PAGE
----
7. Ville Husso
Organization: HIFK (SM-Liiga)
Age: 20 years old
Draft: 4th round, 94th overall (2014)
Ville Husso was drafted 94th overall by the St. Louis Blues one year after the Nashville Predators took fellow 20-year-old Finn Juuse Saros 99th overall. Their stats over the past two seasons in the SM-Liiga are extremely close as well, but that’s where the similarities end. While the smaller Saros relies on quickness and aggressive play-reading to get by, Husso does not. At 6-foot-3, he isn’t required to play that way – so he chooses a more structured route to success. Scouts believe that there is still some untapped raw ability deep down that he has yet to harness, which has Blues’ management extremely excited to work with him.
Splitting time on the Finland under-20 team with Saros, Husso has been handed a lot of opportunities to develop quickly – and he is finally starting to take advantage. His biggest criticism over the years has been towards his dedication, which was likely the reason that he was passed over in his first draft-eligible season. He has quieted the doubters with his excellent play recently. He is in the final year of his contract with HIFK, and will remain in Finland to play out the rest of that deal. After that, expect Husso to make the jump to North America to begin his ascent up the Blues’ suddenly stacked goaltending depth chart.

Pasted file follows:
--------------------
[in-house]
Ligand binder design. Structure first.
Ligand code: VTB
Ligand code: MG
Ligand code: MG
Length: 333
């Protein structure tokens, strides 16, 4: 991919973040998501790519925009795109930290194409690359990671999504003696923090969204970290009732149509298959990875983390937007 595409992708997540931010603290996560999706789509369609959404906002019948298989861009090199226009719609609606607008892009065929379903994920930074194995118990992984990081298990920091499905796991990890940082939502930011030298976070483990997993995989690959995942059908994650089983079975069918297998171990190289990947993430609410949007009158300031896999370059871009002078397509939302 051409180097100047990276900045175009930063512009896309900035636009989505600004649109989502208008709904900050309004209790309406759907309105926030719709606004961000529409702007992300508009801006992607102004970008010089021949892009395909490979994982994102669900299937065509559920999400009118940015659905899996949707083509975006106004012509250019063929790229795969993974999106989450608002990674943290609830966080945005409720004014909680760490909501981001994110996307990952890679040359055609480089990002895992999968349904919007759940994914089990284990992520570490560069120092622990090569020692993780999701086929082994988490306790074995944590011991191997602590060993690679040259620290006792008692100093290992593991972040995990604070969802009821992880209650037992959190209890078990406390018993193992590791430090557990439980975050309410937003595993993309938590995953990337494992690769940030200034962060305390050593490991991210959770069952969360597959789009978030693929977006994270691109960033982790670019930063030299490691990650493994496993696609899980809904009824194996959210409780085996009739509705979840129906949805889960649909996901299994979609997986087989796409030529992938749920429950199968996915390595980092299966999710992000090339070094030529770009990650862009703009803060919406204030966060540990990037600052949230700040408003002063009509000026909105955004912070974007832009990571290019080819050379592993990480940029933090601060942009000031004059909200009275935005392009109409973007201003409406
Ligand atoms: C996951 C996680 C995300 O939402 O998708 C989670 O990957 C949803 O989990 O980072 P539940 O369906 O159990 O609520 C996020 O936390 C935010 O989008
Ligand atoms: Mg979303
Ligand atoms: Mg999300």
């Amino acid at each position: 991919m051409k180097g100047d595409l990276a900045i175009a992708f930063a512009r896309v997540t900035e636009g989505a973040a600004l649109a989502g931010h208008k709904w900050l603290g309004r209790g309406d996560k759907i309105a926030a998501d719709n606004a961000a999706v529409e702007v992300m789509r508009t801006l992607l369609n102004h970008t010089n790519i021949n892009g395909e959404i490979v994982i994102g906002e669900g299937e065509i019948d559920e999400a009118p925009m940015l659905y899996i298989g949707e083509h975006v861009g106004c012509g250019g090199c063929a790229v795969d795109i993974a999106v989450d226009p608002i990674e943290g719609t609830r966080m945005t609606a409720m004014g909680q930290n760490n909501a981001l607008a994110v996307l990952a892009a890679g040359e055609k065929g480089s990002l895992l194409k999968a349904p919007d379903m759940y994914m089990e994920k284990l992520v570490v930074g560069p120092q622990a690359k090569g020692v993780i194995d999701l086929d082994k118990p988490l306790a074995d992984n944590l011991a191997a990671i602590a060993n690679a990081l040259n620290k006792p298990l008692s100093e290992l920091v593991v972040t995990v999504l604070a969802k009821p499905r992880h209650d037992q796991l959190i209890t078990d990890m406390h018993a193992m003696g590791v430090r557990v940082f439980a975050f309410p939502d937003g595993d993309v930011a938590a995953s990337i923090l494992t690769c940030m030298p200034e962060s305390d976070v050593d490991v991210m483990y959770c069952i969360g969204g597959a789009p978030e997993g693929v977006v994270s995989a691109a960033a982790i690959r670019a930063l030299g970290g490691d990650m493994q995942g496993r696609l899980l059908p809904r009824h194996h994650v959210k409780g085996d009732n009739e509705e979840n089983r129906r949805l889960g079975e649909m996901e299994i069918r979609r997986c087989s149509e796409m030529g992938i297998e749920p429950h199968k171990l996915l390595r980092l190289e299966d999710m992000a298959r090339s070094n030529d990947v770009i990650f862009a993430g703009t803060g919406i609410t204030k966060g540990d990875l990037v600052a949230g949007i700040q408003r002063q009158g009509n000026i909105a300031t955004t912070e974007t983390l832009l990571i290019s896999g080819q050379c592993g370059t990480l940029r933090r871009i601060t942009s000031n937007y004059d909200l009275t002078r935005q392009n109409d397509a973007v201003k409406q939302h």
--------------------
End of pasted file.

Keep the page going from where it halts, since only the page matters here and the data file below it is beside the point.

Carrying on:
8. Zach Fucale
Organization: Quebec/Halifax (QMJHL)
Age: 20 years old
Draft: 2nd round, 36th overall (2013)
Despite his constant appearances in the spotlight at the World Juniors and the Memorial Cup, Zach Fucale remained one of the hardest top prospects for scouts to get a read on. Inconsistent play has marred his reputation, but questionable defensive play in front of him can also be blamed for a good chunk of those struggles. As a 36th overall pick, his ceiling remains high, and he can still be counted on as the guy to bail his team out with big saves on high-danger opportunities. Some top prospects struggle with that, but Fucale definitely isn’t one of them.
One thing that Canadiens’ GM Marc Bergevin likes to point out is Fucale’s ability to win big games. Regardless of anyone’s opinion, it is a fact. One of his biggest strengths, when he’s on, is his calmness and ability to slow the game down around him. It seems like he has ice in his veins during the biggest moments. It’s impossible to tell if the game is 2-2 in overtime, or 8-2 when Fucale is in net. He is one of the most physically mature prospects on this list, and deserves more credit for his ability to track the puck than most talent evaluators are willing to give him. The Canadiens will assign him to either St. John’s of the AHL or Brampton of the ECHL this upcoming season, and it will be very interesting to see how he fares. There is a high chance that he actually benefits from the more structured games he will play at the professional level.